John Rester Zodrow was a screenwriter of made-for-TV movies in the 1970s and 1980s who also authored four novels, including a WW2 thriller called The Sins of War, originally published in 1986 and currently available as a trade paperback reprint.
In the aftermath of the Pearl Harbor attack, the U.S. was focused upon filling the president’s request for 70,000 warships and 100,000 tanks. U.S. manufacturers worked around the clock to make this happen — particularly in New York City. The Sins of War is based on a true story about 1942 efforts to prevent the German sinking of newly-minted U.S. warships leaving New York harbor.
The allied victory in World War 2 is now the stuff of legends, but the early days of the war were anything but smooth. The U.S. and our friends suffered Naval defeats in Guam, the Philippines, Burma, and throughout the seas. Meanwhile, ships leaving the ports along the U.S. east coast were regularly sunk by German submarines waiting offshore, killing American troops and destroying supplies en route to our soldiers overseas. It was a grim dilemma, and the U.S. Navy was stymied in their efforts to stop it.
Meanwhile, in the book, a German-American secretive organization called The Bund are quietly loyal to Hitler and sabotaging the ships under construction through acts of terrorism and arson. Someone needs to do something, or America will be neutered in our efforts to save the world.
In the novel, President Roosevelt comes up with a plan: Have the New York Mafia patrol the waterfront ports where the warships are constructed looking for any signs of German saboteurs. Rather than having the U.S. Navy negotiate this deal with the mafia, the President tasks Roman Catholic Archbishop Francis Spellman to handle the deal since the mobsters are likely all Catholic. Roosevelt dubs the plan “Operation Underworld.”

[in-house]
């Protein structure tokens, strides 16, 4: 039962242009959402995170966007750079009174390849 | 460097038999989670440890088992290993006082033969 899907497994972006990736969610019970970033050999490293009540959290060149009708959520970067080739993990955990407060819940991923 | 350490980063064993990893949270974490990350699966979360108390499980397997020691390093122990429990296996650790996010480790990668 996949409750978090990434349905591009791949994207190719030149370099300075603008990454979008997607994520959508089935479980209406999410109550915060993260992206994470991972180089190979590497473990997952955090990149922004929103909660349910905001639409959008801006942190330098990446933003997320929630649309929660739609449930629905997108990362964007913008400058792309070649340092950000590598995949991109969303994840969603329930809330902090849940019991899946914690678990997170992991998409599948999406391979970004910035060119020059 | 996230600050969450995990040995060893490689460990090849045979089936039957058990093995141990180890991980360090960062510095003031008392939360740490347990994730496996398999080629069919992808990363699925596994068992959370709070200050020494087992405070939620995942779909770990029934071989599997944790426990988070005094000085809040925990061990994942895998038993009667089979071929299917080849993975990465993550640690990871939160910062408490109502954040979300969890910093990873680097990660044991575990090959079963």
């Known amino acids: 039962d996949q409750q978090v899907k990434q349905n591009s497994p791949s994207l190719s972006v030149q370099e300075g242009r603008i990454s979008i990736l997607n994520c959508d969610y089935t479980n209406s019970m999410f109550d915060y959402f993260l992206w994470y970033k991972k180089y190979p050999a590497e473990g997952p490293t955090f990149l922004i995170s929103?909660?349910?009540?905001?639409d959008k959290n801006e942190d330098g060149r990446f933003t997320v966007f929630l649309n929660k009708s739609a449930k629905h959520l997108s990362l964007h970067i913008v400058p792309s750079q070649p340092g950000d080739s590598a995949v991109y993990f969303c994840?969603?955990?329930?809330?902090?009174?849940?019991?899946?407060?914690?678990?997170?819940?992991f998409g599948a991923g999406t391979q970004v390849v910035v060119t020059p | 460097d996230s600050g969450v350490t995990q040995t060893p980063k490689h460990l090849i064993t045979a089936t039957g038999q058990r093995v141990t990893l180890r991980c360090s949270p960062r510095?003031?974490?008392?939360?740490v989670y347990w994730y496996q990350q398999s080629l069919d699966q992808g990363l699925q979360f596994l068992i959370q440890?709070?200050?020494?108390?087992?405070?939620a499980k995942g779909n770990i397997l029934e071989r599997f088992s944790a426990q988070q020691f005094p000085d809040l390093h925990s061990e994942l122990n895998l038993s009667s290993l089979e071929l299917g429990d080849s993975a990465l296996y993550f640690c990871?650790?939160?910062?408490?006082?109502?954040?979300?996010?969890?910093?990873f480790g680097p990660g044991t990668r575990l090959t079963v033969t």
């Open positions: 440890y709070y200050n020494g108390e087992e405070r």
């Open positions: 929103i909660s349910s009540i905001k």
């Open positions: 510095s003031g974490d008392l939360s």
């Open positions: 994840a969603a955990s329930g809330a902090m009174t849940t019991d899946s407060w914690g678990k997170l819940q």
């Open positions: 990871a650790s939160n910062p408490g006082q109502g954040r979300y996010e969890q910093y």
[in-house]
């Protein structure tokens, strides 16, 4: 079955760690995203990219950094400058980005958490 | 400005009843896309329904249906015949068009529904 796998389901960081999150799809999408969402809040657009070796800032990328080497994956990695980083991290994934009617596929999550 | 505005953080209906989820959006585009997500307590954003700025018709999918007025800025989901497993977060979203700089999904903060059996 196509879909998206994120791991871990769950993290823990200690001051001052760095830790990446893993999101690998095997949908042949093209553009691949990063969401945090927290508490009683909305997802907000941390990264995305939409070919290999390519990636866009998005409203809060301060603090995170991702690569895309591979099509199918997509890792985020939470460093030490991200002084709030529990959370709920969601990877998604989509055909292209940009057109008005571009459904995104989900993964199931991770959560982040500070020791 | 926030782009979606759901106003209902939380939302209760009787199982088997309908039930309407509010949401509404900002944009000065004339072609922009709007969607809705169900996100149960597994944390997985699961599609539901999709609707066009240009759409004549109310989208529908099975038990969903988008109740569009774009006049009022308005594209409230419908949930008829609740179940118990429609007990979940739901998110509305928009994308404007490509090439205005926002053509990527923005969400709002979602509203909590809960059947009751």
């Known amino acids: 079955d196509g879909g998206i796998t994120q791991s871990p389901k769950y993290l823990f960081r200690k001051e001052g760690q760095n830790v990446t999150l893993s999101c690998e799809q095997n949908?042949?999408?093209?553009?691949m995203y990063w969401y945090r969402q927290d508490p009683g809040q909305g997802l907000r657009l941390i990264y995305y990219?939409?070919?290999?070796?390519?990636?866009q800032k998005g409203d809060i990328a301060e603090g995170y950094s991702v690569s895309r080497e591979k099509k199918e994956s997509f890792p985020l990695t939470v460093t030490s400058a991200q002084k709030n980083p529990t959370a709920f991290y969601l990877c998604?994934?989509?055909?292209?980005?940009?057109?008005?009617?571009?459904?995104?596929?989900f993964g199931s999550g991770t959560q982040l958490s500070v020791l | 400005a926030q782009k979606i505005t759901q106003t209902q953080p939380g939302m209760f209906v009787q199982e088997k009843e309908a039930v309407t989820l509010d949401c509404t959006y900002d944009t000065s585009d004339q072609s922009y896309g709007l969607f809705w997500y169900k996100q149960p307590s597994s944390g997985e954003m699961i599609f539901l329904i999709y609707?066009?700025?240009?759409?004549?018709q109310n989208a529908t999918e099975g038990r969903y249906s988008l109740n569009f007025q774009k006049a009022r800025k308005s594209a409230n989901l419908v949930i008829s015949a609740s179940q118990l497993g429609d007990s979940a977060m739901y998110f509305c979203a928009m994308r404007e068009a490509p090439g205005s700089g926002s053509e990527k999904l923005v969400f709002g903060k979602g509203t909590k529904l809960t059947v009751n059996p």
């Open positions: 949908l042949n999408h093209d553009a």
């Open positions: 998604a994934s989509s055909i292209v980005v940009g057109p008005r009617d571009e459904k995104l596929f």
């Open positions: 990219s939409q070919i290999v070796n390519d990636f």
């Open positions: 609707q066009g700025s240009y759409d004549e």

Our hero is a welder in New York named Nick Remington working to secure the metal paneling on ships bound for the war in the seas surrounding Africa. Before becoming a welder, Nick was a Catholic priest driven from the clergy in the wake of a financial scandal. Nevertheless, the Archbishop chooses Nick to be the go-between with the mob and the Navy to coordinate the protection of the ports.
Along the way, there are conflicts and cooperation with Lucky Luciano’s New York mafia, a German social club in New York serving as a counterintelligence squad for Hitler, and a sexy military lady who partners with our defrocked priest to get the job done. Trust me, it’s a wild ride.
The author wrote the novel in the style of a propulsive men’s adventure paperback with short chapters — 70 of them over 300 pages — and pulpy dialogue with limited character development. The Germans are cartoonishly-evil and the Mafia characters are all walking stereotypes. To his credit, the author did not make this a faith-based novel as the characters find themselves in graphic sexual and extremely-violent situations. The action scenes are remarkably vivid and exciting.
This paperback is so much fun to read. It’s an audacious bit of historical fiction begging for a Hollywood adaptation. The reader can’t help but want to know more about the reality surrounding the implementation of this audacious plan. It seems that the facts largely came from a 1977 non-fiction book called The Luciano Project: The Secret Wartime Collaboration of the Mafia and the U.S. Navy by Rodney Campbell.
The climactic ending was a fun series of harrowing adventure set pieces similar to something you’d read in a Doc Savage pulp story. Overall, The Sins of War was, without question, one of the finest adventure novels I’ve read this year. Highest recommendation.